The Canadian Auto Workers union says General Motors is going ahead with plans to close its consolidated plant in Oshawa, Ont.
The union says it's been told the facility — the older part of the Oshawa car plant — will close by June 2013 and says that could mean 2,000 layoffs.
President of CAW Local 222 president Chris Buckley says GM gave the union notice today.
The plant produces the Chevrolet Impala and the Equinox. It was originally slated to be closed in 2008 before a series of extensions due to the popularity of those vehicles squeezed more years of life out of it.
GM also has a flex assembly plant in Oshawa that is getting a share of the production of the new Chevy Impala. That flex line currently employs 2,000 people and currently makes the Chevy Camaro, Buick Regal and soon, the Cadillac XTS. If Impala production moved there, it could add another 500 jobs, Buckley said.
The Impala will also be built at GM's Detroit-Hamtramck assembly plant in Michigan. "What we find extremely troubling is as of today GM will still not tell us how many Impalas will be produced in Oshawa," Buckley said.
Starting in the fourth quarter of this year, GM's third shift at the consolidated plant will be removed, followed by an elimination of the second shift in the first quarter of next year. By June 2013, production will completely stop.
GM is scaling back its overall operations in Canada as part of a North American restructuring begun two years ago under bankruptcy court protection. Part of that process was an $8-billion cash injection from the governments of Ontario and Ottawa for ownership stakes in the new GM, something the union was eager to discuss on Friday.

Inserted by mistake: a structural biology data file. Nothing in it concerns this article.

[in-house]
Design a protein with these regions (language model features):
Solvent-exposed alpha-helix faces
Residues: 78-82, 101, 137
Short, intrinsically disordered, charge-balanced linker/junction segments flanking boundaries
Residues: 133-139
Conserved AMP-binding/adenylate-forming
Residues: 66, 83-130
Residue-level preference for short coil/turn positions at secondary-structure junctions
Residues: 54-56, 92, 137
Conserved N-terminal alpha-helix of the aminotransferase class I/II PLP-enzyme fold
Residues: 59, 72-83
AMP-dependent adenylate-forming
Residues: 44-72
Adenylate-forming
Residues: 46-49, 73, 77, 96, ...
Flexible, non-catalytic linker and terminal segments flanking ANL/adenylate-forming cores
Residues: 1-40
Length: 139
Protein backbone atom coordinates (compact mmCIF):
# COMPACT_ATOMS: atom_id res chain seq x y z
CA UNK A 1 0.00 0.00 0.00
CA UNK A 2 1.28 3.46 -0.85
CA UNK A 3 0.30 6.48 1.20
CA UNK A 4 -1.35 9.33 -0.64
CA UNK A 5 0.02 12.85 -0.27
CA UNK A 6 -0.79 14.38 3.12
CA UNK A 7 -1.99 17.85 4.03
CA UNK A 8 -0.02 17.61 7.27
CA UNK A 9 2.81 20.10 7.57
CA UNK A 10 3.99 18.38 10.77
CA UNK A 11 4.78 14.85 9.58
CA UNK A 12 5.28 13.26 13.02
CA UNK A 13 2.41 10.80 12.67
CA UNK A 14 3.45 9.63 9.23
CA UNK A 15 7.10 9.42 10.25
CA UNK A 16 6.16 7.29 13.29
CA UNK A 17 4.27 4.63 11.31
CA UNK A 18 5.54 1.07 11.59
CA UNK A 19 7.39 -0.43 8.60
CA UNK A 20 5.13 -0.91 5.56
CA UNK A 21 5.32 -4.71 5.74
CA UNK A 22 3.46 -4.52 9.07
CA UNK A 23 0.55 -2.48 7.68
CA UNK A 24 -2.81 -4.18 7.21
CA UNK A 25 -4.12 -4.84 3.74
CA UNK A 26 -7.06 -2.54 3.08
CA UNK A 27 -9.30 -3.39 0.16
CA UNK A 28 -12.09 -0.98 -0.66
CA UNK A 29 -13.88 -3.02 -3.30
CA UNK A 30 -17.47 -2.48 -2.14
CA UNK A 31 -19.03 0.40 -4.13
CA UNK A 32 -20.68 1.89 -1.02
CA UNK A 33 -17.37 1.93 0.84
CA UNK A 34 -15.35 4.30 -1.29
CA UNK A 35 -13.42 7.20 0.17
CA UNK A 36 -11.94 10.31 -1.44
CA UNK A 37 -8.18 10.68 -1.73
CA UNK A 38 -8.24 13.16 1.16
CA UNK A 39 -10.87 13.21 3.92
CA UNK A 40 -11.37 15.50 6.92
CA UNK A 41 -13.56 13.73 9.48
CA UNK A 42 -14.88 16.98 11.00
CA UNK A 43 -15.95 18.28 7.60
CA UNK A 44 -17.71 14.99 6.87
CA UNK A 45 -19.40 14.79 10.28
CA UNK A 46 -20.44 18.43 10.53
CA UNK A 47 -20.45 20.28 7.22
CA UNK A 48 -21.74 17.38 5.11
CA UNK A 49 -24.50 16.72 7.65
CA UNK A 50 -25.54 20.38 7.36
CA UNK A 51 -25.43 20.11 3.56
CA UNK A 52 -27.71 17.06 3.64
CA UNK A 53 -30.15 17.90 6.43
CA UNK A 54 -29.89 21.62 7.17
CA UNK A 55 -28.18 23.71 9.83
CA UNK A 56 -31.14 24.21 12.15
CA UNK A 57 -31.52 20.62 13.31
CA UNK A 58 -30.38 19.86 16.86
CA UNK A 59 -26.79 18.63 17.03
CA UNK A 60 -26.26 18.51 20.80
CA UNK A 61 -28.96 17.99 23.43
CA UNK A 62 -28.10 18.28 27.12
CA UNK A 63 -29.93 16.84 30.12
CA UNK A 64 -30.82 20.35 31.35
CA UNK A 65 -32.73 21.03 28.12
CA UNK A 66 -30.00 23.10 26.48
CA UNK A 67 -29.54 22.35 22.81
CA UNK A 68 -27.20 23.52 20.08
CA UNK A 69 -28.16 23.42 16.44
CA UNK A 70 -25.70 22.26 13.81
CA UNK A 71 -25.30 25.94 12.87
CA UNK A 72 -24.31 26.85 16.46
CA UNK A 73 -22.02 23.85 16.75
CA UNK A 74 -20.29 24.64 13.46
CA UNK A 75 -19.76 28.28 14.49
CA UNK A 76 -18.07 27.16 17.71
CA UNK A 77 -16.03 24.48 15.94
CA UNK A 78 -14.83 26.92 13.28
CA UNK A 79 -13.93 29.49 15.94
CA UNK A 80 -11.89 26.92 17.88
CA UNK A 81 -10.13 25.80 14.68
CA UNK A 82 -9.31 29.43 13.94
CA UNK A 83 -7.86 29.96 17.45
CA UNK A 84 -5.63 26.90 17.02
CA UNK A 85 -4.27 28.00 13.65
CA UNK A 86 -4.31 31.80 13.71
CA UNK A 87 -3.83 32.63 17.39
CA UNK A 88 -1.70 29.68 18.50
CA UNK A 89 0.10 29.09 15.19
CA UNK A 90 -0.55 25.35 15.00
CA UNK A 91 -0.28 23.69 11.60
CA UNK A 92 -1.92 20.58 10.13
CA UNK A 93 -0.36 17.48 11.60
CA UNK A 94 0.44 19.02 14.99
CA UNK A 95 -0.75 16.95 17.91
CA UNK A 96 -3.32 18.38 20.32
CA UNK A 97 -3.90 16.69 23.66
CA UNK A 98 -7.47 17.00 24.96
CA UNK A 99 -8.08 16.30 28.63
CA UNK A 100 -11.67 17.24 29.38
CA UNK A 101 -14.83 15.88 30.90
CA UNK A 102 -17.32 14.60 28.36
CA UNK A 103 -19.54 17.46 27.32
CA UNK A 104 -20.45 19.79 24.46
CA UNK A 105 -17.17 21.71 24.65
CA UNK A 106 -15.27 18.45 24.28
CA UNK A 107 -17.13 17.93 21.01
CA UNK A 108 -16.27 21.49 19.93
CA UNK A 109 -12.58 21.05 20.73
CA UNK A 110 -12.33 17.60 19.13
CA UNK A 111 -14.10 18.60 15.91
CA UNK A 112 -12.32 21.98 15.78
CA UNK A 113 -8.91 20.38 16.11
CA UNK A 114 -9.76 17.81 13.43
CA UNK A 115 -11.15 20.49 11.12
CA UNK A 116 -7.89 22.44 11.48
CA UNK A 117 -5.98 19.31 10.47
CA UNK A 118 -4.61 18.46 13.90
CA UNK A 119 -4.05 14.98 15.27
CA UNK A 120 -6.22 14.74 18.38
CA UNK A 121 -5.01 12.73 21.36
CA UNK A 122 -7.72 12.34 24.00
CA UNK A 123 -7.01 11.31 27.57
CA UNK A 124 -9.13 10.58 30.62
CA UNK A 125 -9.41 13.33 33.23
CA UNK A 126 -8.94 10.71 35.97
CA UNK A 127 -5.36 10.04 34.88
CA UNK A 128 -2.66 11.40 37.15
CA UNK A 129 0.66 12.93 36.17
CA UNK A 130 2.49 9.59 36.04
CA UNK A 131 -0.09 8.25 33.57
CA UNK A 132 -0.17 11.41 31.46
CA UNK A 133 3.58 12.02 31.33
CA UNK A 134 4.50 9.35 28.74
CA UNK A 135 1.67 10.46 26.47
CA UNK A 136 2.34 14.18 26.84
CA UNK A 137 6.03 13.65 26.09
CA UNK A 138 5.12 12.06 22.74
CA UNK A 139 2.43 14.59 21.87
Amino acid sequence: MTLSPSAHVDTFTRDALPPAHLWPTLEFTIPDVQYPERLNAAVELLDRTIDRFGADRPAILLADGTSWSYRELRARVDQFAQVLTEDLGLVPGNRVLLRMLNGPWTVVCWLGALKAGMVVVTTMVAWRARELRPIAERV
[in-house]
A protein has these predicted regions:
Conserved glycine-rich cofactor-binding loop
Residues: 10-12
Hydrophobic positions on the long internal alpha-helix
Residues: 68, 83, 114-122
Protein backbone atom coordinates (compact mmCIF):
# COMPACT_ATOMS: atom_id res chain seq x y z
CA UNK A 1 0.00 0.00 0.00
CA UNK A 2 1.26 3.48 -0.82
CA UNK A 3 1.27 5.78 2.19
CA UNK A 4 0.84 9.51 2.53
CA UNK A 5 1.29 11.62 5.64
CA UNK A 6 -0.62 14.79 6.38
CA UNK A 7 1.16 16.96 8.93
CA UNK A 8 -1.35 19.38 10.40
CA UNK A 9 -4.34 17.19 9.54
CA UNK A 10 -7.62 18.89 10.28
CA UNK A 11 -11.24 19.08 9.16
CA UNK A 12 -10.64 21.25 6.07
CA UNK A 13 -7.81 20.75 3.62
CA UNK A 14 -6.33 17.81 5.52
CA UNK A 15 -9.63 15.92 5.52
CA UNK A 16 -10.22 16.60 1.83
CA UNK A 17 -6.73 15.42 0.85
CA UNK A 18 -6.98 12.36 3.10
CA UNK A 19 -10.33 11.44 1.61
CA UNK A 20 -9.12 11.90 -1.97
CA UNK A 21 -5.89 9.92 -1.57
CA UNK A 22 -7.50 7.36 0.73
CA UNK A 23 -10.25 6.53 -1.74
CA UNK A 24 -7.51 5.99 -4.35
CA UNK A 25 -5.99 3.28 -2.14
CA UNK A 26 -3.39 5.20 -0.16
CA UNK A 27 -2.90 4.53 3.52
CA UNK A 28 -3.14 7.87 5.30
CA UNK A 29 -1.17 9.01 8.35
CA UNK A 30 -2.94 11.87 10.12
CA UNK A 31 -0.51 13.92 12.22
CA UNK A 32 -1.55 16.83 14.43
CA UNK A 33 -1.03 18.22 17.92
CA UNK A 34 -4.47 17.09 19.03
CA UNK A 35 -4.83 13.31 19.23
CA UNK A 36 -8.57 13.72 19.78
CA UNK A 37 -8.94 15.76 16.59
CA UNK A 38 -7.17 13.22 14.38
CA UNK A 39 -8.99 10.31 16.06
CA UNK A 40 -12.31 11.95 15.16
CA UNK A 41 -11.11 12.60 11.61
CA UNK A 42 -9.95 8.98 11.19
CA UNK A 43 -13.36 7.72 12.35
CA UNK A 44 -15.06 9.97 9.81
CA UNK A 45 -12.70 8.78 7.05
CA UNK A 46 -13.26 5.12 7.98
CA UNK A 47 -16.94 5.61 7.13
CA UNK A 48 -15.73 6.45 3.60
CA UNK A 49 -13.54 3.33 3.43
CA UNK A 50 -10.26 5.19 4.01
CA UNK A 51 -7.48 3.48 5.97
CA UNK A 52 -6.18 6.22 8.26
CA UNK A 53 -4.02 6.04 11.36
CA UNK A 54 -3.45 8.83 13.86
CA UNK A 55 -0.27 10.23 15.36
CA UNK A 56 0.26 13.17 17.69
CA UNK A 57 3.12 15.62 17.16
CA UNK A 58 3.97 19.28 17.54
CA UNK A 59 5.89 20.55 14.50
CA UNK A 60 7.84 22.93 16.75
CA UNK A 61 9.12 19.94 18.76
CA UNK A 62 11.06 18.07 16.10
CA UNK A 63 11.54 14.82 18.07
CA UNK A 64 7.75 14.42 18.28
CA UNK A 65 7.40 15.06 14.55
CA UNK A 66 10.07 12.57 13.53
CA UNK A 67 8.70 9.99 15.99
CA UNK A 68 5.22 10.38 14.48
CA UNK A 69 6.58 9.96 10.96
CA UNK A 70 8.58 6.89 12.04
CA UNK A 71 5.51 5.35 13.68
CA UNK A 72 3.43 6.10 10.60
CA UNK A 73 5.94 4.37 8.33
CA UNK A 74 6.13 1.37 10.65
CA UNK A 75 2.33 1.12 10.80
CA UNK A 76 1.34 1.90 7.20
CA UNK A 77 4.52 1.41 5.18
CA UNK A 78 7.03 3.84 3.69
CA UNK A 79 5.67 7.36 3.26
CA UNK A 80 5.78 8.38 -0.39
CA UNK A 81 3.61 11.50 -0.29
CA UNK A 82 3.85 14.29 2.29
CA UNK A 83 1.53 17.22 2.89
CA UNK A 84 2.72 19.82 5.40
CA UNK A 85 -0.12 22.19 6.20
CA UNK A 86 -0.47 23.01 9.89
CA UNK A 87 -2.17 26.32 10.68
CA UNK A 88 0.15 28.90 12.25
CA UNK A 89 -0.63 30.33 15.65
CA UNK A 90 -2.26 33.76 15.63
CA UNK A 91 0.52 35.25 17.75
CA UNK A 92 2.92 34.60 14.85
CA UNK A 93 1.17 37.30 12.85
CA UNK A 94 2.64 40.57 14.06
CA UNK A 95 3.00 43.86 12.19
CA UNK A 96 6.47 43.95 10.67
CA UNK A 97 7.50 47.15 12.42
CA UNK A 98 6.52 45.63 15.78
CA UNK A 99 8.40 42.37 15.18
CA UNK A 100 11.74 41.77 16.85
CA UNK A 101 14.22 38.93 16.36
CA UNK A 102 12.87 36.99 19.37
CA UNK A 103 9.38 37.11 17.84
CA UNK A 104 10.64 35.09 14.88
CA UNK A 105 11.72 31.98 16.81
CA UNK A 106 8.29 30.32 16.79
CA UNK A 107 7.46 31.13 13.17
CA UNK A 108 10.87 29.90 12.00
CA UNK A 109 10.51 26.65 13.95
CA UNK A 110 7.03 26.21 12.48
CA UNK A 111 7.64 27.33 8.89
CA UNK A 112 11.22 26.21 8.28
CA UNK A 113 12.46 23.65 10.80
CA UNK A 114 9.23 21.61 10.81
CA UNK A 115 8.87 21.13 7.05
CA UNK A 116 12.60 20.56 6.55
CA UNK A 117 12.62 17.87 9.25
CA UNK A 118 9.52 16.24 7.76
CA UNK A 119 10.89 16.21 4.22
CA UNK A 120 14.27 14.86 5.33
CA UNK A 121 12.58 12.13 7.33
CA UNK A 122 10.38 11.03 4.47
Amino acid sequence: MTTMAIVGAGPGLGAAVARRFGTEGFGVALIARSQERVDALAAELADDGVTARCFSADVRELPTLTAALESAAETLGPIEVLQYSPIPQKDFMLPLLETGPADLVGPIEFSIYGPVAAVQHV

Buckley pressed governments to pressure the company to reconsider, and ask what the taxpayers had gotten for their investment.
Opposition parliamentarians were quick to agree. "It's one thing for the company to survive," NDP MP Peggy Nash said. "If the jobs don’t survive here in Canada, it’s not much good to Canadians."
Liberal MP John McKay wants Ottawa to review the terms of GM's original loan. "They haven’t actually paid back the loan at this point," he said. "They have declared dividends, they have sold off shares and … the poor taxpayers of Ontario and Canada are left holding the bag."
The streamlining as GM underwent bankruptcy proceedings cost tens of thousands of jobs at the company's Canadian and U.S. operations and the shutdown of several plants.
"Our members have done everything GM has asked us to do for quite some time all in the eyes of having jobs in the future," Buckley said. "What more can we do to ensure we have a future?"
"I am absolutely disgusted at GM's decision to close the plant," Buckley said.
In Canada, GM has already closed a truck plant in Oshawa and a transmission factory in Windsor, Ont.
GM Canada currently employs more than 10,000 people across the country. In its heyday, the automaker had more than twice that total and major operations in Oshawa, St. Catharines, Ont. and Windsor.